Drew: To be honest, the Buckeyes have to keep an eye on Jordan Shipley. He has to be the fastest white boy I have ever seen, and has a punt and kick return touchdown on the year. The Buckeyes have been good in coverage all season long, and that needs to continue. On the other hand, Texas is weaker in kick return coverage than punt coverage (giving up 23.4 yards a return). Hopefully this is Lamaar's breakout game, because the Buckeyes have not blown me away in kick returns for the majority of the year. But enough from me on special teams; I think the side of the ball that will have my attention the most will be the Ohio State defense vs. the Texas offense. The Buckeyes have been pretty weak on D in the big games, do you think that continues? Can the Buckeyes handle the spread?

Dave: You just had to mention the spread, didn't you? Nothing strikes fear into me more than a team that can run the spread effectively with good athletes. Heacock has never figured out how to account for every skill position player in this set, and our linebackers who are so good against a more traditional offense, often seem lost when they face the spread. I think we have to do things to be effective: 1) Bring pressure, even though it is frightening to blitz a team sending out a posse of receivers; and 2) Spy on Colt McCoy who actually was the leading rusher for the Longhorns. Texas runs multiple sets and sometimes features two receivers, other times three, and on occasion four. Becuase they hit you with so many looks, and don't always run the spread, it is difficult to game plan for them. I think Heacock has his hands full, and I fear that the Bucks give up a ton of yardage in this game.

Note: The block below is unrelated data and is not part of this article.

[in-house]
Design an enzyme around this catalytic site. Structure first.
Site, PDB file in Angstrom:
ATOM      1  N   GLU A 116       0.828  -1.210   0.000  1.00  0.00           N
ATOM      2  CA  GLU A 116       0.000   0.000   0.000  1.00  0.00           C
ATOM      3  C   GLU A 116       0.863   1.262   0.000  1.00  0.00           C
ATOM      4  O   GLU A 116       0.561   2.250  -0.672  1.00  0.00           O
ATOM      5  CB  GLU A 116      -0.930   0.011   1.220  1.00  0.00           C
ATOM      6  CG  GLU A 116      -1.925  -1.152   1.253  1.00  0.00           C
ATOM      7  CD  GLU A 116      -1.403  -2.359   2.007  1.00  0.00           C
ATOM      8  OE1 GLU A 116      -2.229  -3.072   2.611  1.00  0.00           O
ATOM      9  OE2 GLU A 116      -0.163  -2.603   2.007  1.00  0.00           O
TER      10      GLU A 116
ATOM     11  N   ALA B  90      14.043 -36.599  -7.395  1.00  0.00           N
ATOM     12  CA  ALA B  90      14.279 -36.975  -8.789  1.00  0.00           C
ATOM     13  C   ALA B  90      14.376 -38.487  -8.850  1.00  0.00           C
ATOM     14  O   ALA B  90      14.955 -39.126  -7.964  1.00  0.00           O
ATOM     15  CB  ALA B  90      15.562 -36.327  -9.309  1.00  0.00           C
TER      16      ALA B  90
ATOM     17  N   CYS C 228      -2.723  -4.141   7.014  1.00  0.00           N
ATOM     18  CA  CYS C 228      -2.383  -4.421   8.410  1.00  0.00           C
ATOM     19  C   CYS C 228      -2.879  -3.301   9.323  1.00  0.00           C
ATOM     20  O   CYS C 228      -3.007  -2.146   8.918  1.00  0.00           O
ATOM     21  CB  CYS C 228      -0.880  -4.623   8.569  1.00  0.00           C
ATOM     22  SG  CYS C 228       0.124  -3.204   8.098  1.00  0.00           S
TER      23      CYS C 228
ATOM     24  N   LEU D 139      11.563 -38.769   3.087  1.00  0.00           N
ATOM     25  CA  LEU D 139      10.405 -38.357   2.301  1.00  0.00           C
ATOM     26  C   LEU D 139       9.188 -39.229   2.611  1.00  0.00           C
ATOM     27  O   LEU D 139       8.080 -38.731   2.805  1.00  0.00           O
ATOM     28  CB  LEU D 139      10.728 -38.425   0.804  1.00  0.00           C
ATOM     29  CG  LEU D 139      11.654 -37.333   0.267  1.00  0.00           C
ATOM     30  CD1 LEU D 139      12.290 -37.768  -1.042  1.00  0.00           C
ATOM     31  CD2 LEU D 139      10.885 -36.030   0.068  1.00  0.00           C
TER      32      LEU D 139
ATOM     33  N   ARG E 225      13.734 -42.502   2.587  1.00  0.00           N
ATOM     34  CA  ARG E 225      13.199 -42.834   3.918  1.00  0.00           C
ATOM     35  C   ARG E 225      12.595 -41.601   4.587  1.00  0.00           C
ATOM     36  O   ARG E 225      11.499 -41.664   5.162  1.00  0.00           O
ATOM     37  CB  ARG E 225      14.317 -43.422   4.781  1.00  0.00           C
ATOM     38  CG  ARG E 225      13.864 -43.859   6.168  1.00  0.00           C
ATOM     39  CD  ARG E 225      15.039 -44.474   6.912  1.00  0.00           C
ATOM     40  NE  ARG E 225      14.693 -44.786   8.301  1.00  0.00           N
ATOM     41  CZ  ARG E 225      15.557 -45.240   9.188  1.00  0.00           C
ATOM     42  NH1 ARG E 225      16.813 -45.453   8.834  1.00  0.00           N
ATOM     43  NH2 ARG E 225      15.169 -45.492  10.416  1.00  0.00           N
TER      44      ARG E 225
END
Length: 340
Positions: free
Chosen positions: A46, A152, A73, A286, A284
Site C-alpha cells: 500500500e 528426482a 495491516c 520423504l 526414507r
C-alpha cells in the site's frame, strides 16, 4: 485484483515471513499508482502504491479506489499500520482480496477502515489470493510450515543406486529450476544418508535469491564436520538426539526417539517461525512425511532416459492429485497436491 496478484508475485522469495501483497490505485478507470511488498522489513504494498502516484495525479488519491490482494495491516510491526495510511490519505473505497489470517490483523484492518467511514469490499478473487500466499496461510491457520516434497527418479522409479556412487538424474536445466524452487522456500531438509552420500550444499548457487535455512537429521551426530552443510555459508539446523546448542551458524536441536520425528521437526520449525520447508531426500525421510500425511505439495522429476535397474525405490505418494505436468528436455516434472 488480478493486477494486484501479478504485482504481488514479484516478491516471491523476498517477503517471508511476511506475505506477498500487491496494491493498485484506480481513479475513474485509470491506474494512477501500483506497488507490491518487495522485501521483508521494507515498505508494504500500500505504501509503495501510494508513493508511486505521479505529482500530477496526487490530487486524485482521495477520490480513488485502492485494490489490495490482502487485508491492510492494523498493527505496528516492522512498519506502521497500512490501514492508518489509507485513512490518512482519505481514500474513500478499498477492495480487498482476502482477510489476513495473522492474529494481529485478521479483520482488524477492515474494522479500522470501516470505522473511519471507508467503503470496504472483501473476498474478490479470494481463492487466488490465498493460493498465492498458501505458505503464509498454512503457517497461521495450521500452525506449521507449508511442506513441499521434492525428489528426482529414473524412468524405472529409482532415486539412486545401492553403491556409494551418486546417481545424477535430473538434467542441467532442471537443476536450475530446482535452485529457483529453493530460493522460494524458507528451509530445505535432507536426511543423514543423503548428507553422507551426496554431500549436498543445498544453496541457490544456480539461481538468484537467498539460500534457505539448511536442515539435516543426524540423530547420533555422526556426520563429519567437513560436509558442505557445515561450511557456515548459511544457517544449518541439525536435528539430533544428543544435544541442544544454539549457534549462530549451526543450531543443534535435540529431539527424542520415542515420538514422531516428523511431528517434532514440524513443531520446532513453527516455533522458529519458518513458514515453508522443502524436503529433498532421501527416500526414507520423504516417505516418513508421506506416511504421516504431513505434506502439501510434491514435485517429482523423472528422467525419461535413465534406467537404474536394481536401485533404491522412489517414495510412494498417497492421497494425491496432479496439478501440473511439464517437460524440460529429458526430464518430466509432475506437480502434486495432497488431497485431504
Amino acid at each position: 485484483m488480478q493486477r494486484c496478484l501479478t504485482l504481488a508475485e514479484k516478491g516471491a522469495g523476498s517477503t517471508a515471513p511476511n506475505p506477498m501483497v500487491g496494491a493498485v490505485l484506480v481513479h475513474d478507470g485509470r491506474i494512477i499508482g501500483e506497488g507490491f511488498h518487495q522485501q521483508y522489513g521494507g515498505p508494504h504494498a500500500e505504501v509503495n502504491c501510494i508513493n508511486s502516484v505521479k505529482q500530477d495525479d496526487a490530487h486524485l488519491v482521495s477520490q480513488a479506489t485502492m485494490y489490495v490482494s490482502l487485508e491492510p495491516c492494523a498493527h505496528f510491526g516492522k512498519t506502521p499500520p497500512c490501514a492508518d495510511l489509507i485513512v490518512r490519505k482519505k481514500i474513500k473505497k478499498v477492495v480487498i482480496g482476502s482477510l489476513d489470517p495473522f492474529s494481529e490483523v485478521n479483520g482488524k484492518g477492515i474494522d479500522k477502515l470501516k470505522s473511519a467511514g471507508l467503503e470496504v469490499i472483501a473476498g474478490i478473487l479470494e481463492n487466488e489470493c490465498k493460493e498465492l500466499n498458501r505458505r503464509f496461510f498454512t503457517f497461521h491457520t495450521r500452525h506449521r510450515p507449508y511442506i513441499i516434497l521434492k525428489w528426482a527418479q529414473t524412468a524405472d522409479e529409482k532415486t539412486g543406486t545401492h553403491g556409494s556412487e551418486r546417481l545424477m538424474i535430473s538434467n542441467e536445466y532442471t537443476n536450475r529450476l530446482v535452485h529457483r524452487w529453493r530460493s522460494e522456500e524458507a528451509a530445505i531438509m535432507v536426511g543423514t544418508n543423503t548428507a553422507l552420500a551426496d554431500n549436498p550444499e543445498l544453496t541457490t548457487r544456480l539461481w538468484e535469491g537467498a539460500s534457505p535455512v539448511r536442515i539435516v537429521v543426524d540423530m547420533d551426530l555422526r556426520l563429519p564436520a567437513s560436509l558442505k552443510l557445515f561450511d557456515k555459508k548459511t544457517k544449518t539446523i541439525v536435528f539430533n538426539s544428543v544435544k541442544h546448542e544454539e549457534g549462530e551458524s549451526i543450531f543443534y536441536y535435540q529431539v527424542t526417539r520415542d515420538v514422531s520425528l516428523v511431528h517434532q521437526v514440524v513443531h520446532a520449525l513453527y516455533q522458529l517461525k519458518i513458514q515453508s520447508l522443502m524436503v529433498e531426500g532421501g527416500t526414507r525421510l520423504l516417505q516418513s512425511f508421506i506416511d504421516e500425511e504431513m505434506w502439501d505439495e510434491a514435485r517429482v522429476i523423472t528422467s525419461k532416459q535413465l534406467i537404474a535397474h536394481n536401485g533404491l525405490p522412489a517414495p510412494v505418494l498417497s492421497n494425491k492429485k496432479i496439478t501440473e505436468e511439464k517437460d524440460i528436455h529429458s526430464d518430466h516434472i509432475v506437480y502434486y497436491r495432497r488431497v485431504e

Drew: I was originally a little more optimistic about stopping their spread, due to the fact that the Longhorns do not feature a premiere running back, but I have more and more doubts as I watch additional film. McGee, Johnson, and Ogbonnaya all run the ball better that we might give them credit for, and could give the Buckeyes trouble when trying to handle multiple receiver sets. If you remember, Illinois' Jason Ford and Daniel Dufrene ate the Buckeyes up in the same sort of look, and that was with Juice Williams at quarterback, not Colt McCoy.

I say all of this to agree with your statement, we must blitz. If there is anything Heacock should have learned by now, it is that sitting back against the spread is deadly. On the other hand, if the defense comes out with a similar game plan as they did against Penn State, the Buckeyes have a real shot at winning this game. That entire game the defensive line was stellar, the safeties actually had a handle on multiple receiver sets, and the linebackers blitzed a lot. McCoy has too good of an arm to just blitz the down lineman, he needs to have a lot of different blitz packages thrown at him. The defense is the best he will see all year, and I hope they come out looking for blood!



12/16/2008 04:53

This is an interesting feature, I like it though. I agree with a lot you guys talk about, and Dave you have some great stats on Texas' defense. They are more impressive on paper than I thought!

12/16/2008 13:01

I have better feeling about this game than most do. Tressel plays the underdog role well, and I think the 5th year seniors come out pumped. I am not saying we win, but the Buckeyes will be in this game.